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The foundation for the standard of care for the treatment of advanced colon cancer remains the fluoropyrimidine 5-Fluorouracil (5-FU). 5-FU induces cytotoxicy through multiple pathways, including incorporation of toxic intermediates into DNA and RNA. However, the primary mechanism of action of 5-FU is through inhibition of the enzyme thymidylate synthase (TS), an essential enzyme in DNA synthesis. Expression of TS represents a well-characterized resistance mechanism. Patients bearing tumors that overexpress TS are less likely to respond to 5-FU based chemotherapy. Currently there are no effective chemotherapeutic regimens available to treat advanced colon cancer patients demonstrating TS-mediated resistance. Therefore, drugs that decrease the expression of TS are of continuous clinical interest.

Histone deacetylase inhibitors (HDACi) are a class of novel compounds that have generated a significant amount of interest due to their ability to selectively target cancer cells. This has led to the recent approval suberoylanilide hydroxamic acid (SAHA) for the treatment of cutaneous T-cell lymphoma (CTCL). HDACi have been shown to alter global acetylation patterns in the cell and lead to increased acetylation of both histone and non-histone proteins. Alteration in global acetylation patterns leads to cell cycle arrest, increased apoptosis, and increased differentiation within tumor cells. Previous microarray studies in breast and bladder cancer cell lines have shown that TS gene expression is significantly downregulated by multiple HDACi. We have extended these studies into colon cancer cell lines demonstrating that TS protein and mRNA are significantly downregulated following treatment with a panel of HDACi. Downregulation of TS was shown to be independent of p53, p21, and HDAC2 through the use of cell lines with mutations or absence of these proteins. These observations were extended in vivo whereas TS was shown to be downregulated in HCT116 mouse xenografts by the clinically relevant HDACi SAHA and LBH589. Synergistic interactions on growth inhibition of SAHA with the fluoropyrimidines 5-FU and fluorodeoxyuridine (FUdR) were observed in HCT116 and HT29 cells. Furthermore, depletion of thymidylate pool levels, a mechanistic endpoint of TS inhibition, were enhanced by the combination of SAHA with 5-FU or FUdR in colon cancer cell lines. These results demonstrate that HDACi cause decreases in TS gene expression, and lead to synergistic interactions with fluoropyrimidines. This data suggests a role for combination therapy of HDACi with 5-FU based chemotherapeutic regimens as a strategy to overcome TS-mediated resistance.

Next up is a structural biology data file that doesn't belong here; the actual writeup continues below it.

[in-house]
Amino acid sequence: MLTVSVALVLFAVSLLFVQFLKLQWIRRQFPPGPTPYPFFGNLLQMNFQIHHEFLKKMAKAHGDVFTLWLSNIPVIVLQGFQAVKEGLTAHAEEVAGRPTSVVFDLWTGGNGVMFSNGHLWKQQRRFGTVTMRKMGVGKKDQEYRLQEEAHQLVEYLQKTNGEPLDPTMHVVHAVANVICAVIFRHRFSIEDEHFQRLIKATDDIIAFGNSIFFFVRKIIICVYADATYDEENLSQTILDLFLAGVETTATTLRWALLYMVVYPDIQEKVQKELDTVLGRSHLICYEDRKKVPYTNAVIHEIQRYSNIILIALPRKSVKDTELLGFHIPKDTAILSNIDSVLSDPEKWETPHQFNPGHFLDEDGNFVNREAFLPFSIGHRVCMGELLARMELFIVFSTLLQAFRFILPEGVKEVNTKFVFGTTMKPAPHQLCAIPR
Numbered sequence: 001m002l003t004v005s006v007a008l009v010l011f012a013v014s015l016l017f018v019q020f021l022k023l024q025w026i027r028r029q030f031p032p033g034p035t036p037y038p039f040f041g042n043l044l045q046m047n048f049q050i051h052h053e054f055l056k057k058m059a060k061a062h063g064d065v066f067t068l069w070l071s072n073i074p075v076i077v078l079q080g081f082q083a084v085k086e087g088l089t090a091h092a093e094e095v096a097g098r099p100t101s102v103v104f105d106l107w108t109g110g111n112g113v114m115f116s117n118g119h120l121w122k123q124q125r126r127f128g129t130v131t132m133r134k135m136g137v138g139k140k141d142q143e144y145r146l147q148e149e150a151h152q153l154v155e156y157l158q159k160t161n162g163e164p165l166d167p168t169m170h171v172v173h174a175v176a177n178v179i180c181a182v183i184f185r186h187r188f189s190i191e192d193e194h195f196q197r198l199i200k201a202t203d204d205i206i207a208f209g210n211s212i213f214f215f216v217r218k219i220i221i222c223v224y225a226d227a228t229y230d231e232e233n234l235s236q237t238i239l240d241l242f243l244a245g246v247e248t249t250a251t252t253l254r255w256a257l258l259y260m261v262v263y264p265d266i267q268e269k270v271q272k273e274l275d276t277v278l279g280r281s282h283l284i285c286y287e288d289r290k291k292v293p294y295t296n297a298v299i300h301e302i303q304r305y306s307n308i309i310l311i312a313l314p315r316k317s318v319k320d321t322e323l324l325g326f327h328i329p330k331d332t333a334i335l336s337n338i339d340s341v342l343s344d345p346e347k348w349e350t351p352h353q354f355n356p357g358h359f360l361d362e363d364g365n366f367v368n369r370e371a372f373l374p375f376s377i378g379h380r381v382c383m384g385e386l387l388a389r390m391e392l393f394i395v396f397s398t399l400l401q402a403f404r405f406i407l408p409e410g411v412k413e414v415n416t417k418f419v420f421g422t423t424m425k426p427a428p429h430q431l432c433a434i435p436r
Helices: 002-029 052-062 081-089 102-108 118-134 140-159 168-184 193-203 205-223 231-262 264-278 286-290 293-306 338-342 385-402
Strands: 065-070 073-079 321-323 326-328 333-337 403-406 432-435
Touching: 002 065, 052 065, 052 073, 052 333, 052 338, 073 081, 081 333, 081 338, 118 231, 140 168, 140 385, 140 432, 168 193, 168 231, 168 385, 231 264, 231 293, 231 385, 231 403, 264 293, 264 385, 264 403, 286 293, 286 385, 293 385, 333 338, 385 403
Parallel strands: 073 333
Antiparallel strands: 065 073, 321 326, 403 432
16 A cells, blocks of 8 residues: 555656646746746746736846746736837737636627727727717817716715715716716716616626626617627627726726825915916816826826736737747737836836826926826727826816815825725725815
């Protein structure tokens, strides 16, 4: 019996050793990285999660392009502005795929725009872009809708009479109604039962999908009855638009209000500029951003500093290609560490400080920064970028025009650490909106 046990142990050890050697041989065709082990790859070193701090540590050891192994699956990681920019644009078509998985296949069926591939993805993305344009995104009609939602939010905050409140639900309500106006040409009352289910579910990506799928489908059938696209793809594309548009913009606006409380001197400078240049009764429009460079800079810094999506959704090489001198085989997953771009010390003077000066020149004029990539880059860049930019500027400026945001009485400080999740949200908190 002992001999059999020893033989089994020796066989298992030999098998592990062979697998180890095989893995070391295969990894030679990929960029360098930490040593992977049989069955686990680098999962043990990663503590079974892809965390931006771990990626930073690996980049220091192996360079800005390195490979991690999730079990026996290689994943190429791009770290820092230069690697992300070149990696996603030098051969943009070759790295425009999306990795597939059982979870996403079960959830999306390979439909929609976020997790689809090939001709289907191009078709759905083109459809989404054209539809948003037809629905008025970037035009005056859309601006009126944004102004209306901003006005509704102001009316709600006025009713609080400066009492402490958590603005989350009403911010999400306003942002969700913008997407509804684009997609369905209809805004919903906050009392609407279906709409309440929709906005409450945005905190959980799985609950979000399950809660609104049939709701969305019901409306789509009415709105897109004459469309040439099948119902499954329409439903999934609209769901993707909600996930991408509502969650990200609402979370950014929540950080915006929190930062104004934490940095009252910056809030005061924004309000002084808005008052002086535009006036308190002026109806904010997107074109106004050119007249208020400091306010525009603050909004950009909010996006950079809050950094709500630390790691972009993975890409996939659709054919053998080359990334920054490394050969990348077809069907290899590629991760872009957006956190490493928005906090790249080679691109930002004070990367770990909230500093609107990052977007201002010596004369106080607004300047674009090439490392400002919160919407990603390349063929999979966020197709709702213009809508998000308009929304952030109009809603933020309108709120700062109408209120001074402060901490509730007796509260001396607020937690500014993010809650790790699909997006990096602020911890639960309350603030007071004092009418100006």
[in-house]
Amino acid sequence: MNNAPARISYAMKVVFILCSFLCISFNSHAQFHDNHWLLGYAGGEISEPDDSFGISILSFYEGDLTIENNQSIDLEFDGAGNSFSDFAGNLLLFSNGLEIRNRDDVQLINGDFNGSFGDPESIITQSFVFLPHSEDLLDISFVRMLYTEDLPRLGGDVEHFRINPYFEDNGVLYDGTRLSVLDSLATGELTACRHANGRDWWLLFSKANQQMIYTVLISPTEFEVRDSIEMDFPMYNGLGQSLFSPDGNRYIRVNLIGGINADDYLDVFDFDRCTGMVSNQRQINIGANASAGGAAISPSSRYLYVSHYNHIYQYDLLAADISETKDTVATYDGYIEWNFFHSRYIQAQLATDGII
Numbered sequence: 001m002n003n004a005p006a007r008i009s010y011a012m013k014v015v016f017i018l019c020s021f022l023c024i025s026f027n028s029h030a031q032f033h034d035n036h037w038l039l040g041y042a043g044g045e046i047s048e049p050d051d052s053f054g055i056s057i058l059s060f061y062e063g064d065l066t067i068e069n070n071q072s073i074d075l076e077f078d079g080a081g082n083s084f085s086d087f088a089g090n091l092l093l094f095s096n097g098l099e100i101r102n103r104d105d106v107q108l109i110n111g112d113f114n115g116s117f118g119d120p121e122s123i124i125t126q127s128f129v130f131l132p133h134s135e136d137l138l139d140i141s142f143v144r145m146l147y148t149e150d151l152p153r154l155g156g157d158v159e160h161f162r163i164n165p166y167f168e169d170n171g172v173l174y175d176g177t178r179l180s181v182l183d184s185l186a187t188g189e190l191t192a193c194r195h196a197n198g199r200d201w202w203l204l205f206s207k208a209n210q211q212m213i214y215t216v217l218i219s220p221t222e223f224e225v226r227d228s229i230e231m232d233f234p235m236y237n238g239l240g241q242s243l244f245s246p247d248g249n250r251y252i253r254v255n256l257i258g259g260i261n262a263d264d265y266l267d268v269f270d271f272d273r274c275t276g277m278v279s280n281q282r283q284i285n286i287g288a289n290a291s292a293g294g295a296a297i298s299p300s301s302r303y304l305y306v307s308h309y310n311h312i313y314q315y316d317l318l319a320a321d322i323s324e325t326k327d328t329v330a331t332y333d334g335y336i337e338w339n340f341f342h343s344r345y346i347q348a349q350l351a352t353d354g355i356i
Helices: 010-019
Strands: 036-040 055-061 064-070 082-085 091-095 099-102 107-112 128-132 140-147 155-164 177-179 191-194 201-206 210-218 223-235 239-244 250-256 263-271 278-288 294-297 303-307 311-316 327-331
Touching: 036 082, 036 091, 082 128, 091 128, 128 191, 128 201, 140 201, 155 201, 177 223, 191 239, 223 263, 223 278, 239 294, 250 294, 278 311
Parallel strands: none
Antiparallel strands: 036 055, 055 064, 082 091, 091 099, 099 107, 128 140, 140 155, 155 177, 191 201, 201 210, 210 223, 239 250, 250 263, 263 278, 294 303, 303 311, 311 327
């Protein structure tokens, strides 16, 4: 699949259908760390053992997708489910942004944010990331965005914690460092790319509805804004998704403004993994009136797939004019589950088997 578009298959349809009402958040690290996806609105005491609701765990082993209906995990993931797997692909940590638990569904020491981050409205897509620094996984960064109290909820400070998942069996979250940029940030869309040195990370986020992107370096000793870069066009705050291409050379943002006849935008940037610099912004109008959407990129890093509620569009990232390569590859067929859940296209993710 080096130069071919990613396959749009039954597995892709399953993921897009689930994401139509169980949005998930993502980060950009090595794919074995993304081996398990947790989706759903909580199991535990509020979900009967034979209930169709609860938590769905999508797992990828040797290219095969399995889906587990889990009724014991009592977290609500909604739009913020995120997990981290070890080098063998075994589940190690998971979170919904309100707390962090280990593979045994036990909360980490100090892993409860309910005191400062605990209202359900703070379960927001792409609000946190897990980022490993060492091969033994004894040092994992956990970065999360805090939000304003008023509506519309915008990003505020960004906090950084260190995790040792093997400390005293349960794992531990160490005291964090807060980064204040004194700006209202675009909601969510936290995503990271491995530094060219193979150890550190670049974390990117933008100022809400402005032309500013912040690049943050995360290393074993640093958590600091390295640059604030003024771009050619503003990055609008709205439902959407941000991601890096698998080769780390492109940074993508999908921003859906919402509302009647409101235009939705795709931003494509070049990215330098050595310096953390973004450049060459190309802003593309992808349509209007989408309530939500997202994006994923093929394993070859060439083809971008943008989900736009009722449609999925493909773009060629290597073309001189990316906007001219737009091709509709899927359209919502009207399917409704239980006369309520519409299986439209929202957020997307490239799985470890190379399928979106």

98th AACR Annual Meeting-- Apr 14-18, 2007; Los Angeles, CA